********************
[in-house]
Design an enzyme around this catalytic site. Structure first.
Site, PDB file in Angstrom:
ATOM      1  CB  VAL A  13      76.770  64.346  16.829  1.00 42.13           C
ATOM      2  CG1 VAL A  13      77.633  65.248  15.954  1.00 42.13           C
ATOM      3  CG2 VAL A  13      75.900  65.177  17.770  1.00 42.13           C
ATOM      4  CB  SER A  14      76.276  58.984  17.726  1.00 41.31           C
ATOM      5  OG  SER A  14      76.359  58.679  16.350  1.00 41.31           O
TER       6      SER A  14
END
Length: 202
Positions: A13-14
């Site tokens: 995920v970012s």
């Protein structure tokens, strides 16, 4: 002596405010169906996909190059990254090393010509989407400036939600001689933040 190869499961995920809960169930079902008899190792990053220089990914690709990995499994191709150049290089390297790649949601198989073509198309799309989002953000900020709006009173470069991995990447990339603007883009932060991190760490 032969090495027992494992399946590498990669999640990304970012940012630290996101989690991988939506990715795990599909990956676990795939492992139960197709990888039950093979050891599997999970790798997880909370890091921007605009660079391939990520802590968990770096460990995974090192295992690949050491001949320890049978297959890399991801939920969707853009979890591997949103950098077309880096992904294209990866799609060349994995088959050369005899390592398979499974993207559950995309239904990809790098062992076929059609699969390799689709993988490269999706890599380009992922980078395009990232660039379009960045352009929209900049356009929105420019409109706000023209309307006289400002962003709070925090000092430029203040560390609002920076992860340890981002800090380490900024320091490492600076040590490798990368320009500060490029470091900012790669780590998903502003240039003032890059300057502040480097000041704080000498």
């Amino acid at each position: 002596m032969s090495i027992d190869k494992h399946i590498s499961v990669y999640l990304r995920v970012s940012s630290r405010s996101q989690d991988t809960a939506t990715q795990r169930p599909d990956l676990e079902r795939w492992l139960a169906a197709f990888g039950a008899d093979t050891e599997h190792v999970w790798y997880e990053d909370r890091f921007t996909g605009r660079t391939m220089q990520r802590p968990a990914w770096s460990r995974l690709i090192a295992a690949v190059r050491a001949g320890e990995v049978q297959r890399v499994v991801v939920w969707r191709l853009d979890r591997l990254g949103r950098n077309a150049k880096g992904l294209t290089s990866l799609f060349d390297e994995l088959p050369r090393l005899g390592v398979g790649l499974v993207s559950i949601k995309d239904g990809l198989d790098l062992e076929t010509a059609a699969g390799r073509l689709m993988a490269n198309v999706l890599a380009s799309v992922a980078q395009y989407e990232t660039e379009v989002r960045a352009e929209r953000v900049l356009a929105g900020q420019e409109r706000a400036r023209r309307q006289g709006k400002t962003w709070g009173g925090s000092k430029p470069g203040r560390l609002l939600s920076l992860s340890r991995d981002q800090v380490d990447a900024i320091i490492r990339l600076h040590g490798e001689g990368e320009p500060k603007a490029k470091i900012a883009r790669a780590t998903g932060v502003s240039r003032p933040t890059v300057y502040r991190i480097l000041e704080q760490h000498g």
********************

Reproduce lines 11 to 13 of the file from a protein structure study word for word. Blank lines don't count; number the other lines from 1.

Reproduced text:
Length: 202
Positions: A13-14
């Site tokens: 995920v970012s």